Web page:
The women behind Fortune's annual power women powwow offer their
suggestions on what to watch.
FORTUNE -- As the co-chairs of the Fortune Most Powerful Women Summit, which takes place Oct. 1-3 in Laguna Niguel, Calif., we are unabashedly biased: We helped develop the program, and we think everything -- every interview, panel and roundtable -- will be thought-provoking, enlightening and entertaining. We encourage everyone to tune into the proceedings via our "Virtual Summit," an online tool that lets anyone view the sessions in real-time or at your convenience, for free, simply by registering here.
The program is amazingly diverse. You'll hear from Fortune 500 CEOs such as DuPont's (DD) Ellen Kullman and Kraft's (KFT) Irene Rosenfeld, who are in the middle of major business transformations. You'll also glean leadership lessons from Laura Richardson, deputy commanding general in the U.S. Army, and Edna Adan, founder of the Edna Adan Maternity Hospital in Somaliland, whose story is featured in the documentary Half the Sky.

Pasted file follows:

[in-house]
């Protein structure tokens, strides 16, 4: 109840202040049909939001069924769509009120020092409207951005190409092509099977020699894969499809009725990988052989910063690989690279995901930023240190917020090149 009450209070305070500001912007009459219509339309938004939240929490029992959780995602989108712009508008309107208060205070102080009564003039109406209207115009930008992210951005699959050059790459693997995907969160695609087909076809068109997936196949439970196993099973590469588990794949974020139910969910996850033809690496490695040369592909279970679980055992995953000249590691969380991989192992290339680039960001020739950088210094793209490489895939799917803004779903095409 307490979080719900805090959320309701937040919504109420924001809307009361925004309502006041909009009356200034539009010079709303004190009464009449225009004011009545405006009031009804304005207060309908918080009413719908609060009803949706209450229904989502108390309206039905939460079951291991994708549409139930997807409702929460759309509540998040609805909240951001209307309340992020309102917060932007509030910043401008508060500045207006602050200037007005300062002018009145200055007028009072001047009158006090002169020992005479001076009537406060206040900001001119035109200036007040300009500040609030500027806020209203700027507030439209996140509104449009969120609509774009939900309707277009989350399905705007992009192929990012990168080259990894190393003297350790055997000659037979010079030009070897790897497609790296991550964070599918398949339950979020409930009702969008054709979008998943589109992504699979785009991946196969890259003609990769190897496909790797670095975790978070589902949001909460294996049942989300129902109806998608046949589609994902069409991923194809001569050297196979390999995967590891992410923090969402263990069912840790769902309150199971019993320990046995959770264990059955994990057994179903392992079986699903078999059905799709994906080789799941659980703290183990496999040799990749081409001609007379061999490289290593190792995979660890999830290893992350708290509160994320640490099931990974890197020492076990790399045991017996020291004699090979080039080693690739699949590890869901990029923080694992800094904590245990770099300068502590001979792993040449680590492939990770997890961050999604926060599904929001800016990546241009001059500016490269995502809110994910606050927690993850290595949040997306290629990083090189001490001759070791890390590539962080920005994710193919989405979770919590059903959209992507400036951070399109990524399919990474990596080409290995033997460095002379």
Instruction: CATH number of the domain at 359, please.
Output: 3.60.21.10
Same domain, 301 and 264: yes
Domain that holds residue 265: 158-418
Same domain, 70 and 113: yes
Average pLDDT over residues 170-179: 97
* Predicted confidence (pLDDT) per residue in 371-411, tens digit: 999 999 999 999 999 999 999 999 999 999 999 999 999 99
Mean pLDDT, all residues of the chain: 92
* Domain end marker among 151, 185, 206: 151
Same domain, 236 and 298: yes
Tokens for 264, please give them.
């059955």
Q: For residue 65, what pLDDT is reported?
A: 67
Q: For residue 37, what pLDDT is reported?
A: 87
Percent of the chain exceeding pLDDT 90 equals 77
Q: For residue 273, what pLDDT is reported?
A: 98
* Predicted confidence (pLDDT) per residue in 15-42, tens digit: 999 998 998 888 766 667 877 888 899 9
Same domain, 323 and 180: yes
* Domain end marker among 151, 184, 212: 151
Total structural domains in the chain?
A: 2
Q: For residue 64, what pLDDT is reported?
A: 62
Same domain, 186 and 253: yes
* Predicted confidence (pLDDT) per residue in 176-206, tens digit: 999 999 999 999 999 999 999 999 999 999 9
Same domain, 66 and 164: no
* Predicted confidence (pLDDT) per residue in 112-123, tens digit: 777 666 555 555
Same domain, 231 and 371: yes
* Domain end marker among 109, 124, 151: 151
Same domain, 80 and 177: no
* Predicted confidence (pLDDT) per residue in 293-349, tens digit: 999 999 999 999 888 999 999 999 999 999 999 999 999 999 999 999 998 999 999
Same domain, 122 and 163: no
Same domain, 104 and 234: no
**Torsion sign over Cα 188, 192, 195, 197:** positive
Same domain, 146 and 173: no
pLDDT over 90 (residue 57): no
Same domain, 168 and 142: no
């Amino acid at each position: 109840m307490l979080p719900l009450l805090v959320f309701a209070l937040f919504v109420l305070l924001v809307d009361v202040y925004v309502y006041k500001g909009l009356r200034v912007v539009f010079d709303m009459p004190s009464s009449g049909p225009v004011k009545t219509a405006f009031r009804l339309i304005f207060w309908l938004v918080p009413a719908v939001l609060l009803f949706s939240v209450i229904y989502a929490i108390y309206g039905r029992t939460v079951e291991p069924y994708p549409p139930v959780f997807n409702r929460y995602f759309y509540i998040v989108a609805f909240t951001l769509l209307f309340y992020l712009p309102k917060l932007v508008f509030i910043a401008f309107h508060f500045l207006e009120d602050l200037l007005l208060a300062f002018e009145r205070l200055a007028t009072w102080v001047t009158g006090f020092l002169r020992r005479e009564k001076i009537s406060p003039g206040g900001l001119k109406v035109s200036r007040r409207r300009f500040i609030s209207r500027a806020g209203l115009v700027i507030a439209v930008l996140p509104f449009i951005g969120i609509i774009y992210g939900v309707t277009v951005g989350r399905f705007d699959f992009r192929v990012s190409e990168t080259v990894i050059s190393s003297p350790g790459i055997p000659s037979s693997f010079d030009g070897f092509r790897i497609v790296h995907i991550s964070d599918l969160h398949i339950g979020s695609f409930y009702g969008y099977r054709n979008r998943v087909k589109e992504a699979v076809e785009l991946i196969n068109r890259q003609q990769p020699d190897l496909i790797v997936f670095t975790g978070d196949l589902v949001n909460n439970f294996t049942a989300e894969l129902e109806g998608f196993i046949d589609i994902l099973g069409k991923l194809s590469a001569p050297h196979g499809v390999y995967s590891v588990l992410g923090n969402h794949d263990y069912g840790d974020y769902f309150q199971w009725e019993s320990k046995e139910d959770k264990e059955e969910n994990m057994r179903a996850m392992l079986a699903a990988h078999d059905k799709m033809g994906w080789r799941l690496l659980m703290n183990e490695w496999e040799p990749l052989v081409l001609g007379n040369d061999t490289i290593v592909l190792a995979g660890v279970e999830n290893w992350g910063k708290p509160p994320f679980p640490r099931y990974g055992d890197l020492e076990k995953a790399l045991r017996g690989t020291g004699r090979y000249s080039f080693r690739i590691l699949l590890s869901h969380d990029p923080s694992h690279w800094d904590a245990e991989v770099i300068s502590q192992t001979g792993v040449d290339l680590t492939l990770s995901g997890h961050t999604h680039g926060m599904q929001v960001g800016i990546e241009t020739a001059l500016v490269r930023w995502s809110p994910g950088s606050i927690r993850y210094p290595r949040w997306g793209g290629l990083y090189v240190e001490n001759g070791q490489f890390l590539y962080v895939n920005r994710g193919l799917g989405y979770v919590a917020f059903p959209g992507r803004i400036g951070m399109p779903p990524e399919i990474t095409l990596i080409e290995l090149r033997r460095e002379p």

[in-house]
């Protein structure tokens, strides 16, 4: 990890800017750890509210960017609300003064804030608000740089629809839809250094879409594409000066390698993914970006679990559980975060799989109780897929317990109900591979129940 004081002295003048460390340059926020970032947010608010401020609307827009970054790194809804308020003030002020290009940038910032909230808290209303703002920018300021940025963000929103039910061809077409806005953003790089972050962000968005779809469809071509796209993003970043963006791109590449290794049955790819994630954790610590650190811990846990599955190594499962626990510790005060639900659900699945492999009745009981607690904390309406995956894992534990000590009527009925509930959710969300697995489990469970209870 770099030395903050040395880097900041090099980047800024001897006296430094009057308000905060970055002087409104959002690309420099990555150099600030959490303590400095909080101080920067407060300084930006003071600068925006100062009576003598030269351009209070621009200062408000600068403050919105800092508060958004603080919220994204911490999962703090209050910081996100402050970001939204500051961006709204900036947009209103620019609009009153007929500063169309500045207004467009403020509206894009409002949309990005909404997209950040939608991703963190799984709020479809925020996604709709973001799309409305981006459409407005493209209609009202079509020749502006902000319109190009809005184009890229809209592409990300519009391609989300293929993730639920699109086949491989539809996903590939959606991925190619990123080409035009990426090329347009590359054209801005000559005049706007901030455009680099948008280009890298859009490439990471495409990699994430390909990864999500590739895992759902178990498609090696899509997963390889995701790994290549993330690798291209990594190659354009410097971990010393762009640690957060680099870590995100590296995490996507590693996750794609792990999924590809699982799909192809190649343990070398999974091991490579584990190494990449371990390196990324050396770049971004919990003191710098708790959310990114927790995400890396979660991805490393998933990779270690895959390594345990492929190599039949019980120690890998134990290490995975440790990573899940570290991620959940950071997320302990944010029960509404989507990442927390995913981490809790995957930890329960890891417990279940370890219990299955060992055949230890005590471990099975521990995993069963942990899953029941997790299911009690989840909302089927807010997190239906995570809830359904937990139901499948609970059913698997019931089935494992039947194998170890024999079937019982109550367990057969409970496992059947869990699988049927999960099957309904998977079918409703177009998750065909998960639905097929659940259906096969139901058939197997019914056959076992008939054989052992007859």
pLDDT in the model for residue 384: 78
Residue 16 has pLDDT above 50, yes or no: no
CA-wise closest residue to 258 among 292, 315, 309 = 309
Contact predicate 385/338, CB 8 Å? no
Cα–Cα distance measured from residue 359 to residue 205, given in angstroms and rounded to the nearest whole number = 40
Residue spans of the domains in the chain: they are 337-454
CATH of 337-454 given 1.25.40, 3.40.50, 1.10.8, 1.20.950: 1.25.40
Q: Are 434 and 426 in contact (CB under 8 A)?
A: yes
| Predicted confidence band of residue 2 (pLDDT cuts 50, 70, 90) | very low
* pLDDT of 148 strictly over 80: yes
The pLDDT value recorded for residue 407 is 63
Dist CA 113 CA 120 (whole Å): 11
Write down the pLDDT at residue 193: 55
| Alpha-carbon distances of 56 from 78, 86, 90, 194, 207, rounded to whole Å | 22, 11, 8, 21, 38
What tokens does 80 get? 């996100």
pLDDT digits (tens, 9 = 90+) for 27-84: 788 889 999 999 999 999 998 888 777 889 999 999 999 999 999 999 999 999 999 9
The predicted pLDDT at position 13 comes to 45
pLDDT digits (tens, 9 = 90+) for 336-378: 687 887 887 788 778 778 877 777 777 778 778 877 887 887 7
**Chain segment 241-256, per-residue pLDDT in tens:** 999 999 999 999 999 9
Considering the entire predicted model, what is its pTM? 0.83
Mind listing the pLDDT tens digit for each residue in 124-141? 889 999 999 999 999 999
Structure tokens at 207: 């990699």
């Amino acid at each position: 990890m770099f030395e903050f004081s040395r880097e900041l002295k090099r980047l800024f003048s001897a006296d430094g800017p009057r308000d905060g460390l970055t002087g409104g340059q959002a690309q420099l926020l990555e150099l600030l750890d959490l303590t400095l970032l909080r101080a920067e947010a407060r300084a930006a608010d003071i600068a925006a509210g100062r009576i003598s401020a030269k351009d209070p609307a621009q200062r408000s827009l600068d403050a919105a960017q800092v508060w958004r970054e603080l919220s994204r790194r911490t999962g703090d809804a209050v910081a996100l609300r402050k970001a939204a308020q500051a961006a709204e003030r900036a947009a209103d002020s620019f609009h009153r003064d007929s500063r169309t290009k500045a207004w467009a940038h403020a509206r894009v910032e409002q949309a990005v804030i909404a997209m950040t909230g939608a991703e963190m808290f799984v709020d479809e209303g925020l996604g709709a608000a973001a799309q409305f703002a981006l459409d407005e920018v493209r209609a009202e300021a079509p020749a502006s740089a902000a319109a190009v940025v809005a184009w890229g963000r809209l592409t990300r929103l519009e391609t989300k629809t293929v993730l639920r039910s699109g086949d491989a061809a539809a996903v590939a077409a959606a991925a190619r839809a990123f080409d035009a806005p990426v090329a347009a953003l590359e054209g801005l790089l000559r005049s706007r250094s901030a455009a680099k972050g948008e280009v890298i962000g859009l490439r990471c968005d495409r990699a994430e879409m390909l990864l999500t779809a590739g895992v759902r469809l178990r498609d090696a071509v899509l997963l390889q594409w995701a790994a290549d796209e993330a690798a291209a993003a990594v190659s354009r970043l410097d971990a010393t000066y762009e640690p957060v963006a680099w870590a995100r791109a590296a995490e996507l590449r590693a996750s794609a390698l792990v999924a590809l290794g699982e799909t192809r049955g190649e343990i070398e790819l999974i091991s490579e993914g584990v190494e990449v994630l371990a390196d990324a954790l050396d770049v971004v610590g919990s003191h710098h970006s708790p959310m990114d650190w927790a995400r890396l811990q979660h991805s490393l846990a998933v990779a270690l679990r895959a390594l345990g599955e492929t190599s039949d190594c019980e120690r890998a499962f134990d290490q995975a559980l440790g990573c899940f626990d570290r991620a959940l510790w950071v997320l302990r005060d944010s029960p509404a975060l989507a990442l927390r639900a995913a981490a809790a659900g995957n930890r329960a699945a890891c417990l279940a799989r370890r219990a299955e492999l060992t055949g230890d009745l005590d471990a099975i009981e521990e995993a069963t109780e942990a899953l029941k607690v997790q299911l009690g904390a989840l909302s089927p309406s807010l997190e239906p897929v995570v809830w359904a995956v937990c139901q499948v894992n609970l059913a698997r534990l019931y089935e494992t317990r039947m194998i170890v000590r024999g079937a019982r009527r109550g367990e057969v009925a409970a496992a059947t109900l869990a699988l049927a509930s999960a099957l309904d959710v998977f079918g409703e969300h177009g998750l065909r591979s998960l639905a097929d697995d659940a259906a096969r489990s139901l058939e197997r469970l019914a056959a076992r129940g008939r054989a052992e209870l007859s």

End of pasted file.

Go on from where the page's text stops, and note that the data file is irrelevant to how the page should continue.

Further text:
Here are some the sessions we recommend:
Never heard of "financial diplomacy?" You will now as you go behind the scenes of the financial crisis in Europe, America's competition with China, and the workings of the G-20 with Undersecretary of the Treasury Lael Brainard. She's at the center of delicate discussions on how to keep the global economy not only afloat, but moving forward. October 2, 11:50 am PT
At MPW, we famously don't like to let our entertainers get off the hook after a night of song. So don't miss Suzanne Vega's insights into her life and her eclectic brand of folk singing on Tuesday afternoon. October 2, 3:05 pm PT